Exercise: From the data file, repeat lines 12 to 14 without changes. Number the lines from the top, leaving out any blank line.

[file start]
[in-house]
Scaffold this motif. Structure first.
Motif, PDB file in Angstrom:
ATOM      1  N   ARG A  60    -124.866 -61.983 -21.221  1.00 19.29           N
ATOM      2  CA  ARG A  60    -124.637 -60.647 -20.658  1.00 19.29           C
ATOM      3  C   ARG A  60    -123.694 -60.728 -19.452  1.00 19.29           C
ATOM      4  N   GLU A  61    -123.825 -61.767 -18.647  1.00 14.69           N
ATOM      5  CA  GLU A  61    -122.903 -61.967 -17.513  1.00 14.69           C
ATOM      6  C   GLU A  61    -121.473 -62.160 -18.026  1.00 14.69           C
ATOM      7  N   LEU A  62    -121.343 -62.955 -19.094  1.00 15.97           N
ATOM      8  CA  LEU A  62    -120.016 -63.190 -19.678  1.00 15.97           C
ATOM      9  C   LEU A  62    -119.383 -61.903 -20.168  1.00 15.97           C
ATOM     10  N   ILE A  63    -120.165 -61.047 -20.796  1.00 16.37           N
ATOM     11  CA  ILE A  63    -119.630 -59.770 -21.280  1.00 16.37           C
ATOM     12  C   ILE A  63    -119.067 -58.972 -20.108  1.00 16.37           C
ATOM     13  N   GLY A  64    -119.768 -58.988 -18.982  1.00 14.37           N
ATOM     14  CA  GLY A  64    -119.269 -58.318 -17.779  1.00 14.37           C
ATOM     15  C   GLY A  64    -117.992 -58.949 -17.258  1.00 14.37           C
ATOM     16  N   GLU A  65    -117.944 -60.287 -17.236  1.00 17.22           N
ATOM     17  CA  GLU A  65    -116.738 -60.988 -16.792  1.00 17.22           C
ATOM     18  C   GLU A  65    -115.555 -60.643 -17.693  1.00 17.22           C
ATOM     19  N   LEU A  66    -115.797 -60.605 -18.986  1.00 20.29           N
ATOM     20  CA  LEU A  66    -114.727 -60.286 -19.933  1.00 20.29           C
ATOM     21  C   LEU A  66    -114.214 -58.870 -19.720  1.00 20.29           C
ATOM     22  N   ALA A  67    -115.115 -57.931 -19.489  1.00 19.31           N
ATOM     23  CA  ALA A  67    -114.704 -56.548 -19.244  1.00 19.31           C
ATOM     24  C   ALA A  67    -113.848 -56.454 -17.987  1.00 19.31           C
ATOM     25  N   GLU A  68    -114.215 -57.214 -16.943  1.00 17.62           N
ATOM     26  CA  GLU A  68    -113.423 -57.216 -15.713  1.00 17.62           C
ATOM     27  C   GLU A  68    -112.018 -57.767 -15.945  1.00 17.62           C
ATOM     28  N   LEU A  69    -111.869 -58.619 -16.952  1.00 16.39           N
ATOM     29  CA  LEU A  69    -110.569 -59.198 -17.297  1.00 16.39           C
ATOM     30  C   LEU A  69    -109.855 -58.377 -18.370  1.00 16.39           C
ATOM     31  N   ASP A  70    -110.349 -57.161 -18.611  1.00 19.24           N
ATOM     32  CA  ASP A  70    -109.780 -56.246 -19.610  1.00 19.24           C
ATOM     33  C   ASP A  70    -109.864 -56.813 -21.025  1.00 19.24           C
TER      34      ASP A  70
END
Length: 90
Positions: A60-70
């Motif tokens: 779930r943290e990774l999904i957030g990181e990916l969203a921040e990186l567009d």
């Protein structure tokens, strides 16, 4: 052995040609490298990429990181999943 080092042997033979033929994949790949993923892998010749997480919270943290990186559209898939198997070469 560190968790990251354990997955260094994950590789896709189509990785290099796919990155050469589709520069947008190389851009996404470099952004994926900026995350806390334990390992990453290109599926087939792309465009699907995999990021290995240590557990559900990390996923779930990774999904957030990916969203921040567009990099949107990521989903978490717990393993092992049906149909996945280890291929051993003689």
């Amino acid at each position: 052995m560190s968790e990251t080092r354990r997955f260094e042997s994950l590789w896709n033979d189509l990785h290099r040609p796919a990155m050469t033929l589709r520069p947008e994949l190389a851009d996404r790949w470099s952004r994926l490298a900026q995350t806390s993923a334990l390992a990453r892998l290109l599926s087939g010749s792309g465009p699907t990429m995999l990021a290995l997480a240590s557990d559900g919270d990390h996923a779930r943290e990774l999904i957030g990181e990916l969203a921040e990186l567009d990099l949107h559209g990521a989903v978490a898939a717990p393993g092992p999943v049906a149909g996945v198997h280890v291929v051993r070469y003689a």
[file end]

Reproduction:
ATOM      9  C   LEU A  62    -119.383 -61.903 -20.168  1.00 15.97           C
ATOM     10  N   ILE A  63    -120.165 -61.047 -20.796  1.00 16.37           N
ATOM     11  CA  ILE A  63    -119.630 -59.770 -21.280  1.00 16.37           C